Bienenstock was educated in England. He studied at Harvard Medical School in Boston, Massachusetts, and joined McMaster University in Hamilton, Ontario in 1968 as a physician and later a university professor.
Bienenstock pioneered the concept of the common mucosal system. The common mucosal system is the means by which the body's different mucosal surfaces, such as the gut, the respiratory tract and the reproduction system, share information to fight infection. Working with Robert Clancy in 1972, Bienenstock's team demonstrated that communication between the different mucosal surfaces was facilitated by lymphocytes from structures called Peyer's patches located in the wall of the small intestine. Vaccines taken by mouth directly reach Peyer's patch cells and induce immunity throughout the entire mucosal system.
Bienenstock is one of McMaster's most cited researchers, having written several books and published more than 350 peer reviewed articles. He served as Dean of Health Sciences and Vice-president of the Faculty of Health Sciences at McMaster, and Chair of the Council of Ontario Faculties of Medicine. In 1998 he was appointed to the scientific advisory board of International Medical Innovations Inc., which is now known as PreMD Inc., a Canadian company working with McMaster University, and specializing in predictive medicine.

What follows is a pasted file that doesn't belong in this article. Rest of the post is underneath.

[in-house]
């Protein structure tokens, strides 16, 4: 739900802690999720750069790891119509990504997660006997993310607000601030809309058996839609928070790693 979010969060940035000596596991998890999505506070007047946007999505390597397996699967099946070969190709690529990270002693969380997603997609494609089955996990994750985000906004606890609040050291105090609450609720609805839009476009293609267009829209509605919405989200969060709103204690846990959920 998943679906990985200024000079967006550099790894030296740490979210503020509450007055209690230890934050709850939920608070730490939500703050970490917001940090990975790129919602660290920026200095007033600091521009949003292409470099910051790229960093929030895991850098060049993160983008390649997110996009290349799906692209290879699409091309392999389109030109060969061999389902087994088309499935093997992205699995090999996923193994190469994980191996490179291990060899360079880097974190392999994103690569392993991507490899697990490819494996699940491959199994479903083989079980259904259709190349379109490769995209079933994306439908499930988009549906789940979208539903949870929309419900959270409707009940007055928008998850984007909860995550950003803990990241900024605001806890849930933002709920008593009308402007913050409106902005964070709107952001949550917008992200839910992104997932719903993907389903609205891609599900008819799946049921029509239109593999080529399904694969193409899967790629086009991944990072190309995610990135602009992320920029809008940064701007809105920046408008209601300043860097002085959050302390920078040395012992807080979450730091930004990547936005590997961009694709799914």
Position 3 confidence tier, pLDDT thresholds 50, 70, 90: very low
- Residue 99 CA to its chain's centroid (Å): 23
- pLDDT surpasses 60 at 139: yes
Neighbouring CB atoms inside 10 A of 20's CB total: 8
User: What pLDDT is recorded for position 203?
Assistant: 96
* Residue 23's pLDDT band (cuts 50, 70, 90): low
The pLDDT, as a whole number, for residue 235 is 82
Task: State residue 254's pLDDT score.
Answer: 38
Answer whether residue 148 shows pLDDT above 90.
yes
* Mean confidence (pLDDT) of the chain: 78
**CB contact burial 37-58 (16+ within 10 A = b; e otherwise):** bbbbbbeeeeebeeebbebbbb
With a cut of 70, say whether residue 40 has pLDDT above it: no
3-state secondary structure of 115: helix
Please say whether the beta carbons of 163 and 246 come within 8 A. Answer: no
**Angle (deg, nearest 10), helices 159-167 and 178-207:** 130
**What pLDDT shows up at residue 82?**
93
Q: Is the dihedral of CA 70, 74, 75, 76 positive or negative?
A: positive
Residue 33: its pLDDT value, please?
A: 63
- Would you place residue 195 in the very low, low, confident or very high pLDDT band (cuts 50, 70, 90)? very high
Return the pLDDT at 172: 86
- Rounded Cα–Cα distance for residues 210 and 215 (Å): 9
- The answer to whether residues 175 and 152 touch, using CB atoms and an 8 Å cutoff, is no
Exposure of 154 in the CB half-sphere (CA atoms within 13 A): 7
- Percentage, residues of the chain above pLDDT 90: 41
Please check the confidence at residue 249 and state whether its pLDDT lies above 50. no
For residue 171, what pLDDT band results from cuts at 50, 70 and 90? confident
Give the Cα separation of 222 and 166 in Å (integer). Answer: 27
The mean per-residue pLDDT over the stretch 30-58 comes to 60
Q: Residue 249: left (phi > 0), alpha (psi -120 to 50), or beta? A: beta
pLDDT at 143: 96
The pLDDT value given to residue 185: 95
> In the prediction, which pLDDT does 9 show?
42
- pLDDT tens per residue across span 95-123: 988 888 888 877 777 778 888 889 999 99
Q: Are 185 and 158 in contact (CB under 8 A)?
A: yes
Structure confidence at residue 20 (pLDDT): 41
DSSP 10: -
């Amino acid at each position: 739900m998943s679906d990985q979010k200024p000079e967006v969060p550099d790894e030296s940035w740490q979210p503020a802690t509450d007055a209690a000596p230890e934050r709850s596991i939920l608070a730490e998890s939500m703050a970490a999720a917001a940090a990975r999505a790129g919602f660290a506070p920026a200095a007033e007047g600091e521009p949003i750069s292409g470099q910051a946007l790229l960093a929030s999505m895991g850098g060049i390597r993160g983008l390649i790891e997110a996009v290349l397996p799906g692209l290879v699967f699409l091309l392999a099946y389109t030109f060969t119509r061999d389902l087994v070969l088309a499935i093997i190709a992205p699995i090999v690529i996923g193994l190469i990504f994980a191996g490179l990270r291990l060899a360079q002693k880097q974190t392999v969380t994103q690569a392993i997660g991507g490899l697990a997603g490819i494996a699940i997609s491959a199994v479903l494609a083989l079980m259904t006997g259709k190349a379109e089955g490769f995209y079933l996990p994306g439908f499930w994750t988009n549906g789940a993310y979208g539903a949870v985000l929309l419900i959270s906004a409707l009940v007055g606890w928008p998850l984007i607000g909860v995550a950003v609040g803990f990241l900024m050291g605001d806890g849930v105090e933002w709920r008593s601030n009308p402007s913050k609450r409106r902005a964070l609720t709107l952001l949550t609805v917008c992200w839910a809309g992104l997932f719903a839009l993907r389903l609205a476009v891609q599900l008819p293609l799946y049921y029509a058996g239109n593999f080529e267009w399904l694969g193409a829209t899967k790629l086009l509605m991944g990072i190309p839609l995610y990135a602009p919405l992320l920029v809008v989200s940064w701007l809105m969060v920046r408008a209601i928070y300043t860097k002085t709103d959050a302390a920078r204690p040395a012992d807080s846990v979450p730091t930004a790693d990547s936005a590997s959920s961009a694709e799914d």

Sources: Canadian Who's Who 1993; IMI news release May 25/98; McMaster news release May 20/97; Image: Dr. Bienenstock's website
- October 6, 1936
- Budapest, Hungary
- Other Interests
- A well-known painter; past chairman of an art school
- University Professor, Professor Emeritus, Pathology & Molecular Medicine
- McMaster University
- Order of the Red Cross, 1990
- Fellow, Royal Society of Canada, 1992
- Finkelstein Prize (Crohn's and Colitis Foundation of Canada), 1996
- Last Updated
- June 22, 2015
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